last week involved a simple daily programmer challenge that asked for user input. Since then I’ve also dug a bit further into Scheme as that last week only really supplied me with 1-2 hours worth of scratching my head.

Challenge 1

I’ve been making my way through various challenges from the TSPL3 book. One of them included the challenge for a ‘shorter’ function

The procedure ‘length’ returns the length of its argument, which must be a list. For example, (length ‘(a b c)) is 3. Using length, define the procedure shorter, which returns the shorter of two list arguments. Have it return the first list if they have the same length.

Solution

(define shorter
  (lambda (ls other-ls)
    (cond
      ((< (length ls) (length other-ls)) ls)
      ((> (length ls) (length other-ls)) other-ls)
      (ls))))

I’m starting to get a bit more comfortable with Scheme, in particular I am now finally grasping the placement of the parenthesis and in general getting a better feel for the syntax.

Apart from this challenge (which I managed to do on my lunchbreak at work) I’ve been going through another easy challenge from daily programmer. I don’t think I’ll be hitting the intermediate ones for a good few weeks. This is one of the most frustrating things for me personally as I see several harder problems and know how to solve them in a ‘C like language’, translating that to Scheme is non-trivial. It really does show how Lisp(s) are so different from the norm that I’m used to.

Challenge 2

Doing these challenges has also made me aware of how much I rely on mutable state in other languages. For example, the challenge on /r/dailyprogrammer states

Add an item to the to-do list Delete a selected item from the to-do list And obviously, print out the list so I can see what to do!

This is extremely easy with mutable state. Just have an array that you add and remove from, but given that assignments are frowned upon in Scheme, I try not to use them. Infact I haven’t used any set!’s just yet. Kent Dybvig states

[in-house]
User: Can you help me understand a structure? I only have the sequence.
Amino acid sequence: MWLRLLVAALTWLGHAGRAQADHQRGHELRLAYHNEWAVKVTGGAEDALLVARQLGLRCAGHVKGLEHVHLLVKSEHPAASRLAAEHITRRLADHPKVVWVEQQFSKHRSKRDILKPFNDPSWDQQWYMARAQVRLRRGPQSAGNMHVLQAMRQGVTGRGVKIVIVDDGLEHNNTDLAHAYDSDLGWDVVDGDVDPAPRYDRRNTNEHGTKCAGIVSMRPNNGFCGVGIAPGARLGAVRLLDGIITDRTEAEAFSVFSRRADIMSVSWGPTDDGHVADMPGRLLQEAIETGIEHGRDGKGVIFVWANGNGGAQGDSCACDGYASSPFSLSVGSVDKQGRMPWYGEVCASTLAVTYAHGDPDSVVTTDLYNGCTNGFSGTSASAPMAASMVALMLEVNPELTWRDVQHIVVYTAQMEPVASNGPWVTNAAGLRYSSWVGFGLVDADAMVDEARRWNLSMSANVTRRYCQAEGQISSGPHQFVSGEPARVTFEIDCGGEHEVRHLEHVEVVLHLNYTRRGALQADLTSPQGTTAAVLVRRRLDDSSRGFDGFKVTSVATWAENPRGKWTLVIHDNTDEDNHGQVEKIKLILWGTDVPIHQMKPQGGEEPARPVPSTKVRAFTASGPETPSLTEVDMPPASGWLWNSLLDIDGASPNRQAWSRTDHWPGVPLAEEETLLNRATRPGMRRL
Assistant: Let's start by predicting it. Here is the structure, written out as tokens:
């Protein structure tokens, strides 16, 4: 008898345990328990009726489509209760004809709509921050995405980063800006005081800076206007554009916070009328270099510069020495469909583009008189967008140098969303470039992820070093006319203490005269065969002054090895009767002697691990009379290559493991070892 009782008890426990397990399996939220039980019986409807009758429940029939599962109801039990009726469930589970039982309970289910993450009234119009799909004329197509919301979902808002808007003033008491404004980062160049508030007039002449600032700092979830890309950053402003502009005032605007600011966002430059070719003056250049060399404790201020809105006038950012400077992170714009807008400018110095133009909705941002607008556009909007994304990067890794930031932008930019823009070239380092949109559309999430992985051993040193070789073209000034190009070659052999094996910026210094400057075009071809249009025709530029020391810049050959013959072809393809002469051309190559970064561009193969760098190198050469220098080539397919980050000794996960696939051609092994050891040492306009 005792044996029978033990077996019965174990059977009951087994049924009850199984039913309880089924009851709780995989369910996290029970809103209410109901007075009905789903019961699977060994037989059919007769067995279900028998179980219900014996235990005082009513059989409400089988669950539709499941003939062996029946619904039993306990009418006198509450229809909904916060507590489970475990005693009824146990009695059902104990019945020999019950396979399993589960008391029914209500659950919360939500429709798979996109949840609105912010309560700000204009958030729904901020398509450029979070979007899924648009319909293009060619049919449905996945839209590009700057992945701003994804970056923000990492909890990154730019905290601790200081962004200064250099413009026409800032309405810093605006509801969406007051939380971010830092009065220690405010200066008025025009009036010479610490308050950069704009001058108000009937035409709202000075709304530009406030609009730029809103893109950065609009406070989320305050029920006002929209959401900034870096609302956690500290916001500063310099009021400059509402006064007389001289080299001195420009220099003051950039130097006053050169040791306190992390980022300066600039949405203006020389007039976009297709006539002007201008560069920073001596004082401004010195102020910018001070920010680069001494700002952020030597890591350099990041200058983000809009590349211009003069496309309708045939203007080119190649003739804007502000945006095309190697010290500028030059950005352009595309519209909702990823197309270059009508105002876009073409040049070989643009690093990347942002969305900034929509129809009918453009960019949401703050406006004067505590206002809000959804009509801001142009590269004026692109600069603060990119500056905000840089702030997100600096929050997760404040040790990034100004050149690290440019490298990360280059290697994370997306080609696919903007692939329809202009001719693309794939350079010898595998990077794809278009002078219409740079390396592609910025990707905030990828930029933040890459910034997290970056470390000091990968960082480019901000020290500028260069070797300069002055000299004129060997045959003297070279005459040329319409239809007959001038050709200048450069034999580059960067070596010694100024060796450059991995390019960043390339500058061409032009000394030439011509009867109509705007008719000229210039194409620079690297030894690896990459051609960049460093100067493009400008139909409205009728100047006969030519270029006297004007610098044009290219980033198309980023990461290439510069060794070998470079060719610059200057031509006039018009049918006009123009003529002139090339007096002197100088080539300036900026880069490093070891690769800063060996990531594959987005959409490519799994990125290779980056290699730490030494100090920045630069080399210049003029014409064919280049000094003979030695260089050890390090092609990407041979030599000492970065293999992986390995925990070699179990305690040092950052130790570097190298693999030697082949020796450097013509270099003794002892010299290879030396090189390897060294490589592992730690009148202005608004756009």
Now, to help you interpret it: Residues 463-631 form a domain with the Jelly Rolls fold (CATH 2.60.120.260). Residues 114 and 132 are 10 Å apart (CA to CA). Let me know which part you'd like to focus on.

In fact, most of the assignments that are either necessary or convenient in other languages are both unnecessary and inconvenient in Scheme

And since I’m only learning whatever people tell me about Scheme at this point, I think I’ll learn from a reputable source. In the case of this challenge, I won’t be going with one global list that can be altered but rather just a new list each item.

Solution

;todo  list

(define todo '("eat breakfast" "take a shower"))

;doesn't really need to be a procedure
;since it's just a wrapper for cons...
(define add-item
  (lambda (item ls)
    (cons item ls)))

(define show-list
  (lambda (ls)
    (cond
      ((null? ls) (newline))
      (else (display 
              (string-append(car ls) "\n"))
            (show-list (cdr ls))))))

(define delete-item
  (lambda (item ls)
    (cond
      ((null? ls) '())
      ((eqv? item (car ls)) (delete-item item (cdr ls)))
      (else (cons (car ls) (delete-item item (cdr ls)))))))

Other Stuff

Apart from the above, I’ve also been doing some small tests on my own just to get better acquainted with the language.

One in particular is converting a number into a list i.e.

12345 => '(1 2 3 4 5)

I ended up making quite a few helper functions to help get through this. I was surprised that there was no char->number procedure but there was string->number and other similar procedures. So I made my own (hacky) version

(define char->number
  (lambda (char)
    (- (char->integer char) 48)))

This would then allow me to do the following

(number->string 12345) => "12345"
(string->list "12345") => '(#\1 #\2 #\3 #\4 #\5)
(char->number #\1) => 1

Now that we have that functionality. We just need one more procedure that calls (char->number) over the given list and then we’re done. This sounds like the perfect opportunity for map, so I went with this:

(define number->list
  (lambda (n) 
    (map char->number(string->list (number->string n)))))

And it worked!

(number->list 123456) => '(1 2 3 4 5 6)
(car(number->list 123456)) => 1

Questions

As with last time, here are some questions I asked myself throughout.

Unanswered Questions

These challenges made me question a few things. I also have a few other questions that I’d like to ask alongside this.